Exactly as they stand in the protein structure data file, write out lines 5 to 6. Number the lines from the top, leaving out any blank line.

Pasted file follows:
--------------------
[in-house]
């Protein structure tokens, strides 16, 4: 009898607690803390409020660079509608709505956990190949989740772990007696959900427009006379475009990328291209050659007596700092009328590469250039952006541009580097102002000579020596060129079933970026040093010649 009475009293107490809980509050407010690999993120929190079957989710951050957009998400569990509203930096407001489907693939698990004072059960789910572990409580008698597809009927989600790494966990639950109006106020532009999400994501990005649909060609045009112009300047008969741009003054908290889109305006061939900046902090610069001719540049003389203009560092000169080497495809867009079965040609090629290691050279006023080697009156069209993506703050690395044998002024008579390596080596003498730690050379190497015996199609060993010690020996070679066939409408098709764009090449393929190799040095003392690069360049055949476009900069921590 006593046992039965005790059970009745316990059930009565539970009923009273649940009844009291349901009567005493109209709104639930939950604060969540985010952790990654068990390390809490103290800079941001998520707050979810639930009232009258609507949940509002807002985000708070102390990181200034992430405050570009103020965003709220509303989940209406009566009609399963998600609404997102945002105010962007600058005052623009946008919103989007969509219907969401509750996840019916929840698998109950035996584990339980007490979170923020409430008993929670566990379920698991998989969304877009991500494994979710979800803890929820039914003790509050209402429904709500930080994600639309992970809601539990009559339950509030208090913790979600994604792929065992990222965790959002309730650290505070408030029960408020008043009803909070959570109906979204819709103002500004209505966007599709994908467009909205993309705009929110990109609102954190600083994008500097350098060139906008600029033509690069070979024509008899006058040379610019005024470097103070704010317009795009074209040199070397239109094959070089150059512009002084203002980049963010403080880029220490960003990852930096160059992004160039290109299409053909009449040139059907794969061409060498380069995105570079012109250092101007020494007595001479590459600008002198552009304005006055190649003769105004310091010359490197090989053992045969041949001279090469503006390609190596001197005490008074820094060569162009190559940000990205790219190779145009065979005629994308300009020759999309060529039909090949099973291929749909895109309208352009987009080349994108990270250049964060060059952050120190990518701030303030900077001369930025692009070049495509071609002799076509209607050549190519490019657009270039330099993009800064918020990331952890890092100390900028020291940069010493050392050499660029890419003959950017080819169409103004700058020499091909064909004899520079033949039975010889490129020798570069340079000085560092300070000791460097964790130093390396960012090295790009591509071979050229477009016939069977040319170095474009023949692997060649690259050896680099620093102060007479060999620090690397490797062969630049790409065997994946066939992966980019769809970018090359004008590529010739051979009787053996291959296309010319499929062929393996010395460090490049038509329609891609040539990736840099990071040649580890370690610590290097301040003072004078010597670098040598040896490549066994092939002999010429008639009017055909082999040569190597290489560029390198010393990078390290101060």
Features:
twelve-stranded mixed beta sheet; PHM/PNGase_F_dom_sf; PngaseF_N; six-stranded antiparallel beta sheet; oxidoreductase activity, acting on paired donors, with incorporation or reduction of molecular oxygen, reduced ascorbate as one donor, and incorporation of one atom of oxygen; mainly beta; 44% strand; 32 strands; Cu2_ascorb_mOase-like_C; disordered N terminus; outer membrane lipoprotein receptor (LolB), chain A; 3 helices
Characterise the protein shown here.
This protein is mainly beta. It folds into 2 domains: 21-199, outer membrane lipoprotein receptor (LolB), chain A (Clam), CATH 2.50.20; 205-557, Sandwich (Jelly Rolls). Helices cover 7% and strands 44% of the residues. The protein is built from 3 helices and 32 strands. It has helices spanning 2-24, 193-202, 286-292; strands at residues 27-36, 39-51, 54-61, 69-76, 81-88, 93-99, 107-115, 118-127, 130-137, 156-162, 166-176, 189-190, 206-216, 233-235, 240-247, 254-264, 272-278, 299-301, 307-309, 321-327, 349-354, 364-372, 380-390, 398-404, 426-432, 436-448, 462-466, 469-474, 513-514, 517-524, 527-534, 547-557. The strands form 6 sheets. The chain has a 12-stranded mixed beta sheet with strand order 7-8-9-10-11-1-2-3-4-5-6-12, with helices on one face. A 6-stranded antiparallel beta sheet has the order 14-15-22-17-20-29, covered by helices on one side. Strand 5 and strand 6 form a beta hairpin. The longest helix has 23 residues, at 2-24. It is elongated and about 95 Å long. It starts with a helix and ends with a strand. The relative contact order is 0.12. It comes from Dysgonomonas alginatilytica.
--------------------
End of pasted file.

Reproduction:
Characterise the protein shown here.
This protein is mainly beta. It folds into 2 domains: 21-199, outer membrane lipoprotein receptor (LolB), chain A (Clam), CATH 2.50.20; 205-557, Sandwich (Jelly Rolls). Helices cover 7% and strands 44% of the residues. The protein is built from 3 helices and 32 strands. It has helices spanning 2-24, 193-202, 286-292; strands at residues 27-36, 39-51, 54-61, 69-76, 81-88, 93-99, 107-115, 118-127, 130-137, 156-162, 166-176, 189-190, 206-216, 233-235, 240-247, 254-264, 272-278, 299-301, 307-309, 321-327, 349-354, 364-372, 380-390, 398-404, 426-432, 436-448, 462-466, 469-474, 513-514, 517-524, 527-534, 547-557. The strands form 6 sheets. The chain has a 12-stranded mixed beta sheet with strand order 7-8-9-10-11-1-2-3-4-5-6-12, with helices on one face. A 6-stranded antiparallel beta sheet has the order 14-15-22-17-20-29, covered by helices on one side. Strand 5 and strand 6 form a beta hairpin. The longest helix has 23 residues, at 2-24. It is elongated and about 95 Å long. It starts with a helix and ends with a strand. The relative contact order is 0.12. It comes from Dysgonomonas alginatilytica.